At 10 months postoperatively, following thefirst stage of the surgery, and 3 months postopera-tively, following the second surgery, the patientwas pleased with both the cosmetic and function-al results. (Figures 7, B) The patient was able towear all types of footgear and she was pleasedwith the digital length pattern. Approximately 1year following the first surgery, similar procedureswere performed on the left foot. Because the sec-ond toe on the left foot did not have the samedegree of soft tissue atrophy, a1l the procedureswere performed at one time. The patient is now18 months postoperative foilowing her originaisurgery on her right foot and is walking comfort-ably. AII of her osteotomy and bone graft sites arewell healed.


    The treatment of a fl.all toe can be difficult. Inorder to create stability in an unstable toe, the pri-mary alternatives are implant arthroplasty, syndac-tiTization to an adjacent toe,4 and bone graft stabi-lization. Amputation of the digit is an option thatsome of these patients would be more thanhnppy to consider because of the pain, disabilityand nuisance associated with this deformity. Inthis particular case, implant arthroplasty was dis-carded as a surgical option because of the poorquality of the soft tissues, and as the questionablevitality of the bone stock. Syndactilizalion was analternative that the patient refused to consider.The syndactllization would have provided someincreased stability to the toe, but would not haveachieved complete stability, nor would it haverestored the digital length pattern.

    A bone graft repair for this type of deformitymust be considered to be an extraordinary mea-sure. The graft-host interface is sma1l in this area,particularly for such a long bone graft as wasrequired in this case. Debridement of necroticbone is mandatory to provide a good bed for the


  • Figure 7A.. Radiograph of right foot at 10months postopel':1tilel,v. Dorsoplantar \.ie\\rdenonstrating digital length pettern rc-alignmentand consolidation of second toe bone graft,

    Figure 8. Photograph of right foot at 10 monthspostoperativelY.

    bone graft. The use of autogenous bone isimportant in order to improve the chancessuccessful take. A variety of sources can befor an autogenous bone graft. The hip, fibulatibia have all lreen suggested.5 The calcaneusexcellent source for smal1 bone grafts such as

    Figure 78. Oblique view of right foot at 10lnonths postoperatiYe.

    The quality of the bone is good. It provides astrong cofiical surface with outstancling cancellousbone. The cortical surface is not circumferential,btrt it cloes span approximzrtely 30o/o to 40% of thecircumference. The cortical surface is placed onthe dorsal side of the toe in orcler to maintainstability.

    Complications from calcaneal bone grafts areinfrequent and certainly are less than the docu-mented complication rates frorn the procurelnentof iliac crest bone grafts.o Because the calcaneusis vascular, a hematoma may develop after pro-curement of an autogenolls calcaneal bone graft.The risk of this can be minimized by three tech-niques: application of bone wax to the raw can-cellous bone, use of a closed suction drain, orpacking of the defect with freeze-dried allogeneiccorticocancellous chips. Each of these techniquesseems to be effective, as hematomzr has not beena problem in the author's series of calcaneal bonegrafts.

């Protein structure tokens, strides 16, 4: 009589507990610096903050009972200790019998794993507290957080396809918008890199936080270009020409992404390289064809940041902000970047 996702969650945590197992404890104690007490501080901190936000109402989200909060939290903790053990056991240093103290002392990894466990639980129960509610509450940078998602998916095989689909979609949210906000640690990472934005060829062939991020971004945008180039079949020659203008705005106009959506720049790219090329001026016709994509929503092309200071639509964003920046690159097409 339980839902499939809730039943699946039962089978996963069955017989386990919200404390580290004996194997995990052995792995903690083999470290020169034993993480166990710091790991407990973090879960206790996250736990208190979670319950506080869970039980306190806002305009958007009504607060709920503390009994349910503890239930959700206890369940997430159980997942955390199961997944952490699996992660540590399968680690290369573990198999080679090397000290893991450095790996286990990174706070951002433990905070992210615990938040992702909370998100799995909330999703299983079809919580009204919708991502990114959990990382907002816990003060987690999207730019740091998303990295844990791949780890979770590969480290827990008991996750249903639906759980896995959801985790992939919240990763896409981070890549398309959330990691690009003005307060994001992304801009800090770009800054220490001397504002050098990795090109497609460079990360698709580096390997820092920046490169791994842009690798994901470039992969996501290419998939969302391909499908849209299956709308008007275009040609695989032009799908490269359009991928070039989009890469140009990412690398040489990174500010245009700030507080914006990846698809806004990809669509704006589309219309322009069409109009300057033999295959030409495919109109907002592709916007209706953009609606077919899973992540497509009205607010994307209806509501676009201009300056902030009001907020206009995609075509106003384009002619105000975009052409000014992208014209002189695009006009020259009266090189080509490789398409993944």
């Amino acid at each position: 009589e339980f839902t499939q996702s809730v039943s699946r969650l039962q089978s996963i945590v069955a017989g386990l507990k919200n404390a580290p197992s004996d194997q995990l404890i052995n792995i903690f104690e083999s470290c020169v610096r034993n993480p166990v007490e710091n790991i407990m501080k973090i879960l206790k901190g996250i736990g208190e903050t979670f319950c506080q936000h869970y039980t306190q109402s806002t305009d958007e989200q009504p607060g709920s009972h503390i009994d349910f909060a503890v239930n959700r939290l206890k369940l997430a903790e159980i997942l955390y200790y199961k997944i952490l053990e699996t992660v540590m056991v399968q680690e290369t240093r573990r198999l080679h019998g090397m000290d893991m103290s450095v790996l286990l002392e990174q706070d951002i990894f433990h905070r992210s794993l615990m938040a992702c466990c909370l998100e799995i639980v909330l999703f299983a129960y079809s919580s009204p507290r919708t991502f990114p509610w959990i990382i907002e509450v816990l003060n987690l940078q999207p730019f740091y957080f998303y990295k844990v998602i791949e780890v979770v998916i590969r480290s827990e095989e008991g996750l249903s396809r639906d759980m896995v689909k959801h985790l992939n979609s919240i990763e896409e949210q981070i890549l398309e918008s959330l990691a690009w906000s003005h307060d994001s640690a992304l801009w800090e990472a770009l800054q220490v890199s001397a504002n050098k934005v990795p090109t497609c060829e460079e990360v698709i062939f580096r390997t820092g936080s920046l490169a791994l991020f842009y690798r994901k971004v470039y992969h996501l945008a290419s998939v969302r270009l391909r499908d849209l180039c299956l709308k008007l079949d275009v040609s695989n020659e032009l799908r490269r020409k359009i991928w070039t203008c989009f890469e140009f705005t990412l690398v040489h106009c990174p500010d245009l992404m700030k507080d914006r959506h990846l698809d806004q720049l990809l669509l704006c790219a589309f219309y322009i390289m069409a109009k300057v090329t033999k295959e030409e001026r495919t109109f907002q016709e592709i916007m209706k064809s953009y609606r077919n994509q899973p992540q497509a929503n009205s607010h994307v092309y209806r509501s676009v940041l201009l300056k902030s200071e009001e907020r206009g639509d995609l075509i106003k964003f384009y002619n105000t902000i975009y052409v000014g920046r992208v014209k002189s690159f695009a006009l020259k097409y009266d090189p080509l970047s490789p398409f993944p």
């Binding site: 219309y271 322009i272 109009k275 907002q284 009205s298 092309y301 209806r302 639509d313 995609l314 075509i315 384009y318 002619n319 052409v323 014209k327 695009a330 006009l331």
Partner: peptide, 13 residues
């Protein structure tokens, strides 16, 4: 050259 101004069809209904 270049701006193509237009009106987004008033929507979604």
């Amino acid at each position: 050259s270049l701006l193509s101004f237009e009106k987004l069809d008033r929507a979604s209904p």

The reconstruction was staged in order todecrease the chances of circulatory embarrass-ment. Four prior surgeries had resulted in a thinlayer of superficial fascia in the second toe.Lengthening procedures can also place a digit atrisk for ischemia. The sr,rbsequent surgeries on thethird and first toes might have placed the secondtoe at risk by decreasing cutaneous blood supply


    is anthis.


  • from lateral to the second toe and by riskinginjury to the metatarsal artery medial to the sec-ond toe.


    Bone grafting is one treatment for stabilization ofa flail toe. As a treatment choice, it must beweighed carefully against the possible disadvan-tages of circulatory embarrassment caused byoverlengthening of the toe, and the possibility offailure of the bone graft. A patient who has

    multiple surgeries on the digit shouldthat additional surgery may cause loss


    already hadbe advisedof the toe.





    McGlamry ED: Floatingl toe syndrome. J Am Pod Assoc 72:567-568, 1982.Friend G: Correction of iatrogenic floatingi toe follow:ing resec-tion of the base of the proximal phalanx. Clin Podiatr MedSttrg 3:57 -64, 7986.Lar.ton JH: "Forefoot Surgely" in Marcus SA, Block BH. Cctm-plications in Foot SulEery. 2nd edition, pp 156-120, williamsantl Wilkins. Beltimorc 1984.Bernbach E: A surg;ical procedure to syndactilize. J Am Pctd MedAssoc 16:147 157, 7L)i6.Mahan KT: "Bone Grafting". In McGlamry ED (ec1), Comprebensiue Textbook of Foot Surgery1 Vol II, pp 616 667. \(illiams andWilkins, Baltimore, 1!87.Younger EM, Chapman M$(i: Morbidity at bone graft donorsttes. J Oilhop Trauma, 3:792-195, 7989.